- About Times Watchdog
- Meet the team
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About Times Watchdog
The Seattle Times investigative team seeks to hold the powerful to account and expose injustices through meticulous reporting and compelling storytelling. Using every journalistic tool available, the team is dedicated to making Seattle, Washington state and the Pacific Northwest more transparent, fair and just.
Investigative reporting is integral to The Seattle Times’ history and future. The newspaper, locally owned since 1896, has won 11 Pulitzer Prizes and been a finalist another 14 times. Investigative stories have taken on the most powerful local institutions to unearth hidden truths of vital public interest.
Meet the team. Send us tips. And if you believe as we do – that investigative reporting is essential to a democratic society – please consider supporting our work.
Meet the team
Taylor Blatchford is an engagement editor for The Seattle Times' investigative team. Her work focuses on communicating directly with readers, involving them in the reporting process and developing digital strategies for the Times' watchdog work. She worked at Investigative Reporters and Editors while earning a degree in investigative journalism from the University of Missouri. Email Taylor and follow her on Twitter.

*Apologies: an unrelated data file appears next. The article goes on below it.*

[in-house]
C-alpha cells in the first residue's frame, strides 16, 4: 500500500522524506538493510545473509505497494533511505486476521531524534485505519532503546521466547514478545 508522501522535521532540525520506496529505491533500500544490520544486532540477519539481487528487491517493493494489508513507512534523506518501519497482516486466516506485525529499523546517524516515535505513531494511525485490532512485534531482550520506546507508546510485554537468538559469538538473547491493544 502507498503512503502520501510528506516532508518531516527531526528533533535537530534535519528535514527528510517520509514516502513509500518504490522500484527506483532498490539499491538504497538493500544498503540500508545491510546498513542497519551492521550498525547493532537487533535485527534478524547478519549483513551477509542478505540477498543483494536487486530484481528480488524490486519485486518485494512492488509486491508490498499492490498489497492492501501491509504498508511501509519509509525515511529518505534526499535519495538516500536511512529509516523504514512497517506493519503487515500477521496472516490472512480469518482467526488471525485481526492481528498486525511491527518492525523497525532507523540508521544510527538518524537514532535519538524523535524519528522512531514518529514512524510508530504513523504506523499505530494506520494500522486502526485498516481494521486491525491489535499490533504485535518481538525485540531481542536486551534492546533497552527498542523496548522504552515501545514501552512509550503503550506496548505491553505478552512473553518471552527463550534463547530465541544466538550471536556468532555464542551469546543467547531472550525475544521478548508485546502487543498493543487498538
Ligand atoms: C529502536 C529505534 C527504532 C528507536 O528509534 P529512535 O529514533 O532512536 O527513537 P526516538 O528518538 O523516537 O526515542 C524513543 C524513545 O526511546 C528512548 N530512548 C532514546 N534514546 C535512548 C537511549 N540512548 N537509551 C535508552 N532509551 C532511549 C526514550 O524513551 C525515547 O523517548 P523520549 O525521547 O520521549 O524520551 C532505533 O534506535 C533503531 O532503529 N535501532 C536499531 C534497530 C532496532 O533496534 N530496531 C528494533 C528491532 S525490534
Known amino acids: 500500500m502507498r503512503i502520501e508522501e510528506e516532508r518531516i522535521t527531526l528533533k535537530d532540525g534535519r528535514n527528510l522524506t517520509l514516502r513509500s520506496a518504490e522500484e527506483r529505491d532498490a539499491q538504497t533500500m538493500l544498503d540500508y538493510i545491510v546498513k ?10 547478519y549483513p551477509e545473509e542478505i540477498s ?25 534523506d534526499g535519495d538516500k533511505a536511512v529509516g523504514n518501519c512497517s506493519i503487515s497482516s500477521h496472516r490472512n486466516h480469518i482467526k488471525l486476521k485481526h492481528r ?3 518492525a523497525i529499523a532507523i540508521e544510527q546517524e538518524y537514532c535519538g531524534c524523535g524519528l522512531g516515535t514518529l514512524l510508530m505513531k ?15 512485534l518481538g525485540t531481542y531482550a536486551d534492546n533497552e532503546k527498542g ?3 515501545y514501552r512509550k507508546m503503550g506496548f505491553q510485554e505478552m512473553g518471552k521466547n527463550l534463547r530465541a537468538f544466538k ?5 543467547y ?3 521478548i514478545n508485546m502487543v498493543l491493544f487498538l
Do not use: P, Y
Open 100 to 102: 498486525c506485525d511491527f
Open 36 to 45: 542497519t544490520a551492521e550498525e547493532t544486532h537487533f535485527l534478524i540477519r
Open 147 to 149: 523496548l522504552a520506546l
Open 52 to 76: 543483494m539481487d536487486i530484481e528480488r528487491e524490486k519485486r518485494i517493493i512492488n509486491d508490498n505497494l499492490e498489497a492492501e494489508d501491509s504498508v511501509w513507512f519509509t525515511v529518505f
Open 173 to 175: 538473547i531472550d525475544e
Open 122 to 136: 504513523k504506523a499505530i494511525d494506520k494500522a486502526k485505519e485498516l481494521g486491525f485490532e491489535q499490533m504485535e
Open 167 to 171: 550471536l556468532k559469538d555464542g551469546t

Asia Fields is an investigative reporter for The Seattle Times. A lifelong Washington resident, she previously covered breaking news on the night shift. She was named one of the new journalists of the year by the Society of Professional Journalists’ Western Washington chapter in 2019 and received a Key Award from the Washington Coalition for Open Government for her reporting on sexual misconduct investigations at her alma mater, Western Washington University. Email Asia and follow her on Twitter.
Daniel Gilbert is an investigative reporter for The Seattle Times. He previously was a staff writer for The Wall Street Journal and the Bristol Herald Courier, which won the 2010 Pulitzer Prize for Public Service for his reporting. He is the founder of the Fund for Rural Computer-Assisted Reporting, a partnership of Investigative Reporters & Editors and the University of Kentucky’s Institute for Rural Journalism & Community Issues. Email Daniel and follow him on Twitter.
Jonathan Martin is the investigations editor for The Seattle Times. Since joining the Times in 2002 as a reporter, he has been a columnist and editor specializing in watchdog stories, social services and politics. His work has won national awards, including the Sigma Delta Chi, the Casey Medal and the Tom Renner Prize from the Investigative Reporters and Editors, and he was part of the team that won the 2009 Pulitzer for breaking news. He is a University of Washington graduate and was a Knight-Wallace fellow at the University of Michigan. Email Jonathan and follow him on Twitter.
Patrick Malone is an investigative reporter for The Seattle Times. He previously covered national security for the Center for Public Integrity, which he joined in 2015 after two decades of working for newspapers in Colorado and New Mexico. His investigative reporting on lapses in oversight of the nation’s nuclear arsenal won APME’s public service and investigative awards, and a national Headliner award. Email Patrick and follow him on Twitter.